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We have no wish, however, to see the foundation of the marriage laws disturbed. What is established, and inflicts no wrong on social virtue and happiness, though we may justly question the rectitude of its principle, we would not alter for the mere sake of change. Taking Br. Wood's three divisions of the law of marriage between near kindred, we would restrict any anticipated legislation on the subject to the last. "The • law of nature forbids it in the ascending and descending line; “the law of nations between brothers and sisters, and the civil ' and positive laws, where there is any other prohibition.' Courts Christian, and all the canonical trumpery of Rome, we pray to be thoroughly rid of. Popes and archbishops have never proved themselves to be the friends of the human race. Those laws certainly ought to be rescinded which make in “Scotland marriages good, the children legitimate; and in • England the husband a felon, children bastards, and the wife

an outcast, unless, indeed, she survive; and those which give “ her his personal estate by the mouth of the same judge, half • lawyer, half ecclesiastic, who a week before would have an'nulled the marriage, and for the good of her soul sentenced her to do a white-sheet penance in the face of the church.'*

Sir William Follet, on the 24th of August, 1835, stated that he considered Marriages by affinity ought to be allowed beyond “the second degree of affinity, and that a man ought to be

allowed to marry the niece of a deceased wife.' It appears, too, from Mr. Poulter's speech on the 20th of August, that Dr. Lushington promised that in the next session a bill should be 'introduced for making certain marriages in future good and ' valid; for the clause in question (that in Lord Lyndhurst's 'Act) distinctly and finally condemned, to all intents and pur. poses, all such marriages as absolutely null and void.' Dr. Lushington has never yet redeemed this promise, but is waiting, we suppose, as he said on the 24th of August, 1835, 'till they 'had time to consider it in all its bearings on society. A good object, doubtless, but one, it would seem, somewhat lustral in its requirement of time.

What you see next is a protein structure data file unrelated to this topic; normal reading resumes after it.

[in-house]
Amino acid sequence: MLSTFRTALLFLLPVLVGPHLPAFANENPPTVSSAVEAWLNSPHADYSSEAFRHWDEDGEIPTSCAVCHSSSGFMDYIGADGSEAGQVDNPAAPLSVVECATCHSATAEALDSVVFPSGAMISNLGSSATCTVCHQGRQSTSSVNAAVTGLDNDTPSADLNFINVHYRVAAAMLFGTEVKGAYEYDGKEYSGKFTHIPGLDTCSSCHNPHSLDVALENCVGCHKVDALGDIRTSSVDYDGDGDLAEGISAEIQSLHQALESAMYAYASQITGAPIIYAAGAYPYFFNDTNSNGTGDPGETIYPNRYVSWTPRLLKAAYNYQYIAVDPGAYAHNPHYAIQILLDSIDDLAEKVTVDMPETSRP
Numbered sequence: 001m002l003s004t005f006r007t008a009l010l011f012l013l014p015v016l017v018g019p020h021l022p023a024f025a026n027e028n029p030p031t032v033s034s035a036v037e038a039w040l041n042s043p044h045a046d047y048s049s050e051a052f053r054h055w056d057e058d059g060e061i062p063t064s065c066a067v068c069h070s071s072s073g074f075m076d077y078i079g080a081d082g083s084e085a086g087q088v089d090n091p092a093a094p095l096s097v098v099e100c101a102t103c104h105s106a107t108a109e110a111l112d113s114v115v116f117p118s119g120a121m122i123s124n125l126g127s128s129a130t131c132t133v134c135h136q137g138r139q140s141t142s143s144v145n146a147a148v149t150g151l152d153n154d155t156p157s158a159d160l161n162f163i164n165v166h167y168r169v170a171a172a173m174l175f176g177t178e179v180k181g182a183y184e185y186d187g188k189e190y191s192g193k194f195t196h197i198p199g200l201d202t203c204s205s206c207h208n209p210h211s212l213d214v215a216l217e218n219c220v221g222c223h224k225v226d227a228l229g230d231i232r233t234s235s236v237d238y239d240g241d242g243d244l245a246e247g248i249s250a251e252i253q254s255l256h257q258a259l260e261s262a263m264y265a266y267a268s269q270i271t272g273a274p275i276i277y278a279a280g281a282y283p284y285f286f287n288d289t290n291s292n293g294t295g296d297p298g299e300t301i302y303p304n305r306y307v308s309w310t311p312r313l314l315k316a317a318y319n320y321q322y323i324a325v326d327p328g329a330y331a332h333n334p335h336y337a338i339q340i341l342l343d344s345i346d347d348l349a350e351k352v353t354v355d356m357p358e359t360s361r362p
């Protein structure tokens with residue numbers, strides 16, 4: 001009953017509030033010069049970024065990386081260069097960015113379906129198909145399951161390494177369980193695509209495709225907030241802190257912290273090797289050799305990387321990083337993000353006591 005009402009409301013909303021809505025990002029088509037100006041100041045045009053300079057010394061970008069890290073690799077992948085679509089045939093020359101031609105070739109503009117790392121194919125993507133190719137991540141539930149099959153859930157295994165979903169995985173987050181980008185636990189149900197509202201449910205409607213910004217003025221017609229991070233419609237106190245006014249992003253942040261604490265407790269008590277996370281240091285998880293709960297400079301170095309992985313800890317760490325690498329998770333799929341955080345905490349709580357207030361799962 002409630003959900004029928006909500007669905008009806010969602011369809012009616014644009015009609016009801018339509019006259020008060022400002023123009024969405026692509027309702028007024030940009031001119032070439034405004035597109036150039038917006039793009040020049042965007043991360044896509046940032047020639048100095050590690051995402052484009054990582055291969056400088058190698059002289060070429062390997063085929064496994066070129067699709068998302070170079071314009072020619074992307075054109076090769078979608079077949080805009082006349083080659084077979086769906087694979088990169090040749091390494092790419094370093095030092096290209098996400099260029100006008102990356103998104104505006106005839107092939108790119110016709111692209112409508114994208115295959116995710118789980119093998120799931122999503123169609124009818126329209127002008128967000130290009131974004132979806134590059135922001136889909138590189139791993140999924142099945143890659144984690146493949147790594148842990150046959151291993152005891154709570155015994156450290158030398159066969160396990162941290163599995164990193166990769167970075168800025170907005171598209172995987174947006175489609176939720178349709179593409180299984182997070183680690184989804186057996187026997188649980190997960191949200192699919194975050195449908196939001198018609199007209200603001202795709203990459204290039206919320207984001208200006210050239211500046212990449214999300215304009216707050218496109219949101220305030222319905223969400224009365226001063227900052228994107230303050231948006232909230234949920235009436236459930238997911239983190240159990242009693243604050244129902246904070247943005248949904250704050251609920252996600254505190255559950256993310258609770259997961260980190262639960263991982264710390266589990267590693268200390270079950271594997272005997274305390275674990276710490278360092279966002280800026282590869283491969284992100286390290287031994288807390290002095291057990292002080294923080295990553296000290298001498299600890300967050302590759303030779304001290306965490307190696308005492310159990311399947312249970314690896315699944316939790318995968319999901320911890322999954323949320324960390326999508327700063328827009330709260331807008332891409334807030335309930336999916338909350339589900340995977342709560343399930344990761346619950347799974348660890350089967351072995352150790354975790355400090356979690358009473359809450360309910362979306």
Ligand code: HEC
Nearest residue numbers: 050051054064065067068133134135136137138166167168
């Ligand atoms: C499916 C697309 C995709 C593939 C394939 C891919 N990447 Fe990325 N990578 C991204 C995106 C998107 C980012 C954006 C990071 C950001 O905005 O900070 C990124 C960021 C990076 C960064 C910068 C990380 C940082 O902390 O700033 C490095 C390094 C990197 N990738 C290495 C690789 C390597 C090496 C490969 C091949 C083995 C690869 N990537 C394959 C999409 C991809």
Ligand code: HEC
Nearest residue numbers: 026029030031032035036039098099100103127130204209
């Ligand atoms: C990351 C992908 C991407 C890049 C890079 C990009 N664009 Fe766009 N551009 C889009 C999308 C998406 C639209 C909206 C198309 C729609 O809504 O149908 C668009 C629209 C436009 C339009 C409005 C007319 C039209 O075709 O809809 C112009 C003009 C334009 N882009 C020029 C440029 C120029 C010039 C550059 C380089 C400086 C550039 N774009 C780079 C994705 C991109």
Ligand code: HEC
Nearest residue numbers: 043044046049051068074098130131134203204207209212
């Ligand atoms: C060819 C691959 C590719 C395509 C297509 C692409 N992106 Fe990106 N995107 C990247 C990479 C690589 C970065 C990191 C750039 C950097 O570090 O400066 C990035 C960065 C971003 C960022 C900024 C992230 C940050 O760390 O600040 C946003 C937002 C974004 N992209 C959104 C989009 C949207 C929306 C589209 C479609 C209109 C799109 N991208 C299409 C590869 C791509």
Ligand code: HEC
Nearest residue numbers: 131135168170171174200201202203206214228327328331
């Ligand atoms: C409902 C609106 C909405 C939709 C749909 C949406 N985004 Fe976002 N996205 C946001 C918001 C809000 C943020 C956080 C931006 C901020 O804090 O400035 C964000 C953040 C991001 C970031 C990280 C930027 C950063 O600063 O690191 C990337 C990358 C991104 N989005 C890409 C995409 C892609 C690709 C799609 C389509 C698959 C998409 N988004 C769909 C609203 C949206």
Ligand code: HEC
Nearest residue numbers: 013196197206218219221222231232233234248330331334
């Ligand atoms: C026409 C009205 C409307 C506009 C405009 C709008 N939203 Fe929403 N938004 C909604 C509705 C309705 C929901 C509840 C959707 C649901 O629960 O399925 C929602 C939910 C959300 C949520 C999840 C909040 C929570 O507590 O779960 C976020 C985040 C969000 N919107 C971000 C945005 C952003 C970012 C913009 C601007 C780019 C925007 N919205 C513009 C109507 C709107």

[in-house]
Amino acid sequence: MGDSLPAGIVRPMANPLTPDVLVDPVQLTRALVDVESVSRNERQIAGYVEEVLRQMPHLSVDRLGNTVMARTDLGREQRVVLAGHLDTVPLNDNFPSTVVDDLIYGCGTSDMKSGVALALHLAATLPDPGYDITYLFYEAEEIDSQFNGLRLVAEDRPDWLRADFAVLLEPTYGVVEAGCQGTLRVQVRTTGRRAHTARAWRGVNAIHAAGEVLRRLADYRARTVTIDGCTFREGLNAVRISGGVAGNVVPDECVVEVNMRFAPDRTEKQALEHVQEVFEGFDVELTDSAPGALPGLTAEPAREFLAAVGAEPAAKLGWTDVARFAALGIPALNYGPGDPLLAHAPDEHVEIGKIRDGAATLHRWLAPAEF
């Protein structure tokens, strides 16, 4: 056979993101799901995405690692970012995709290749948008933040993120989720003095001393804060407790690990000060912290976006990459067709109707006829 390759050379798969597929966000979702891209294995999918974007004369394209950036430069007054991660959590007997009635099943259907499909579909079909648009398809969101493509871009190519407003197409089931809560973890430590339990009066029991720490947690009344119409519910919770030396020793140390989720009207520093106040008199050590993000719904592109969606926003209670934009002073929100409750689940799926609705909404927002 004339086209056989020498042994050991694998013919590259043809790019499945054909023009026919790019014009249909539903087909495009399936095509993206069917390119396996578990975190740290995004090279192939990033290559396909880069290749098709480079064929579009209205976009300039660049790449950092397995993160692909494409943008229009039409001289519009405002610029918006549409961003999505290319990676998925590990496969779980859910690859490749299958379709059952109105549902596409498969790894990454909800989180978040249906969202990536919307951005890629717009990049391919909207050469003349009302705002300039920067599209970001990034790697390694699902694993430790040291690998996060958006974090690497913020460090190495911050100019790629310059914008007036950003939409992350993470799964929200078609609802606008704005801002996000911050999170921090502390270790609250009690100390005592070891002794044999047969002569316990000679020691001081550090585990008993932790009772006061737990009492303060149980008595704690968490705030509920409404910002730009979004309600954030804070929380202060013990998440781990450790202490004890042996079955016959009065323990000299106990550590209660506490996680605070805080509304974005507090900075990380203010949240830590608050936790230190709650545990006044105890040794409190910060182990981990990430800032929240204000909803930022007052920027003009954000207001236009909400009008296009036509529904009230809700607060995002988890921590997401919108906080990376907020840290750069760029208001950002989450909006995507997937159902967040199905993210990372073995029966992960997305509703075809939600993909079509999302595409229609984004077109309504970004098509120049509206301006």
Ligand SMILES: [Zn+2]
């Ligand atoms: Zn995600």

* The Present State of the Law as to Marriages Abroad, &c., p. 34. + The following case is disgraceful to the court in which justice was refused, and loudly calls upon Ďr. Lushington and Sir William Follet to redeem their pledge without a moment's further delay.

19th June, 1840.

Before Sir Herbert Jeuner. In the Goods of Theodosia Rice, deceased. In 1836, Jevan Happer, Esq., intermarried with Henrietta Rice, spinster, one of the daughters of the Rev. Richard Rice, of Farringdon, Berks, Clerk. VOL, IX.